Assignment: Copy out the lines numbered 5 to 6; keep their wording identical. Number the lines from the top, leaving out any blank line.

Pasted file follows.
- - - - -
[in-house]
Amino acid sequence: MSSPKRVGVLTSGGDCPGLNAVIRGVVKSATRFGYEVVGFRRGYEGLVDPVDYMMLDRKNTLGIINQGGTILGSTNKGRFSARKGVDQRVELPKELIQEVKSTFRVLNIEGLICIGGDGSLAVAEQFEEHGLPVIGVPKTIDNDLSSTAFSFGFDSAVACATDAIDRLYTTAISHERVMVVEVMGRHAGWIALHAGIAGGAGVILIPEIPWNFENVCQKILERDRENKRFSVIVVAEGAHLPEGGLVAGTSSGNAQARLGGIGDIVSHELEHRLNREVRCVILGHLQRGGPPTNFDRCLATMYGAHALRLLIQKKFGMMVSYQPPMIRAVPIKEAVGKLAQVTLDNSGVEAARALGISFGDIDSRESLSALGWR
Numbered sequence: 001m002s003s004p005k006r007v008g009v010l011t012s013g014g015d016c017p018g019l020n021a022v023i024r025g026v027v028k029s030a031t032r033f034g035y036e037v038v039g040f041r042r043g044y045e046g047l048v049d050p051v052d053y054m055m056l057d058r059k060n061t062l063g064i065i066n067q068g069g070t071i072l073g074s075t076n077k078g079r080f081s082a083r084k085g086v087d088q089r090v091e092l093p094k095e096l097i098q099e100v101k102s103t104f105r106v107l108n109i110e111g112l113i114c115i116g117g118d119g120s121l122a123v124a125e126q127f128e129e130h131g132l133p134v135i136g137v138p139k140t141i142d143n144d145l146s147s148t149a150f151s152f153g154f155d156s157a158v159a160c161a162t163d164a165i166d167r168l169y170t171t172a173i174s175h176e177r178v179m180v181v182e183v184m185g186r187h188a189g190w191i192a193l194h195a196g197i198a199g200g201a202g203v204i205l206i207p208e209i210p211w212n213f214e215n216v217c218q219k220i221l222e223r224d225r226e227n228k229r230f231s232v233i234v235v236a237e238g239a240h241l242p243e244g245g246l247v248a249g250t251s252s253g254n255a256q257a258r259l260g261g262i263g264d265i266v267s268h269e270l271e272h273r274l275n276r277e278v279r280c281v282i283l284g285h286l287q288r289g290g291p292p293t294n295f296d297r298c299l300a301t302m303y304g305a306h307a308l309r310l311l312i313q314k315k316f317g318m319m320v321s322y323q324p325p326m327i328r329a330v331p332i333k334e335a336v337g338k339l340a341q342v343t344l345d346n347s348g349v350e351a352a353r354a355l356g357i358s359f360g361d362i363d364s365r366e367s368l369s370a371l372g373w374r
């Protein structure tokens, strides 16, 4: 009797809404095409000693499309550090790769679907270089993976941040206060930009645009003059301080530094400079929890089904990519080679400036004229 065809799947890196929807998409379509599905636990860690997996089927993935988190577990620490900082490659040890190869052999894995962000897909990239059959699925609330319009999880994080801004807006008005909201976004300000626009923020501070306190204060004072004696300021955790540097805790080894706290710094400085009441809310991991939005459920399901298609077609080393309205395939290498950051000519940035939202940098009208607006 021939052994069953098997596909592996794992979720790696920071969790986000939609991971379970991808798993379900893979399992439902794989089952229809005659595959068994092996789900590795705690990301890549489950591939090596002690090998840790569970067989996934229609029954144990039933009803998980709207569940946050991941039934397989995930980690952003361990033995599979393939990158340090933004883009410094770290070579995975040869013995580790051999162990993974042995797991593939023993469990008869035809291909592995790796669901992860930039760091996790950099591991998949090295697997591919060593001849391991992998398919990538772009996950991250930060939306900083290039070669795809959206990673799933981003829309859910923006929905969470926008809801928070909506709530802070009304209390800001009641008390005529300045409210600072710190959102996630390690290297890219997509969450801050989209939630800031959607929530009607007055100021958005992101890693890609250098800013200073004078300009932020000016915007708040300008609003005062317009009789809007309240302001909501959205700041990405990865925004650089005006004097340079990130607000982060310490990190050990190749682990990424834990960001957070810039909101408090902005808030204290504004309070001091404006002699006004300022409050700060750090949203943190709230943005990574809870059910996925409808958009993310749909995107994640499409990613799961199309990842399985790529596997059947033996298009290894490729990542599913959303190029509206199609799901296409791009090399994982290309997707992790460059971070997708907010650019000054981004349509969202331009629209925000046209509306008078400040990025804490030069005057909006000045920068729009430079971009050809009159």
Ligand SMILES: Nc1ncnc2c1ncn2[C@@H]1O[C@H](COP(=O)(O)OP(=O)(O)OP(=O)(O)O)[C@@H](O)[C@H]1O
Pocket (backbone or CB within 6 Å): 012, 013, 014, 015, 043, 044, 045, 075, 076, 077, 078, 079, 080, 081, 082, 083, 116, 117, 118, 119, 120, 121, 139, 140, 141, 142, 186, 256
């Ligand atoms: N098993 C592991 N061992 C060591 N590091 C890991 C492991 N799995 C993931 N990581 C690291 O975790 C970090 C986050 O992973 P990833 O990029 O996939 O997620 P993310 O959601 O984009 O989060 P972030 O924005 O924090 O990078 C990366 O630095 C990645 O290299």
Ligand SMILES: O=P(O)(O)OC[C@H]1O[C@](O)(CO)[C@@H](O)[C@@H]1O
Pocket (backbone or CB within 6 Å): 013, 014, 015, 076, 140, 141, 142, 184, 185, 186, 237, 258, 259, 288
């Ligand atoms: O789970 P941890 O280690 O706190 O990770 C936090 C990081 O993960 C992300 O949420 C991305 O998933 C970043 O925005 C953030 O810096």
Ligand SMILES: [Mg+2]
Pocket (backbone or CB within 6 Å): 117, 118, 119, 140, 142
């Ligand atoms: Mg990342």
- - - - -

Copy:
Ligand SMILES: Nc1ncnc2c1ncn2[C@@H]1O[C@H](COP(=O)(O)OP(=O)(O)OP(=O)(O)O)[C@@H](O)[C@H]1O
Pocket (backbone or CB within 6 Å): 012, 013, 014, 015, 043, 044, 045, 075, 076, 077, 078, 079, 080, 081, 082, 083, 116, 117, 118, 119, 120, 121, 139, 140, 141, 142, 186, 256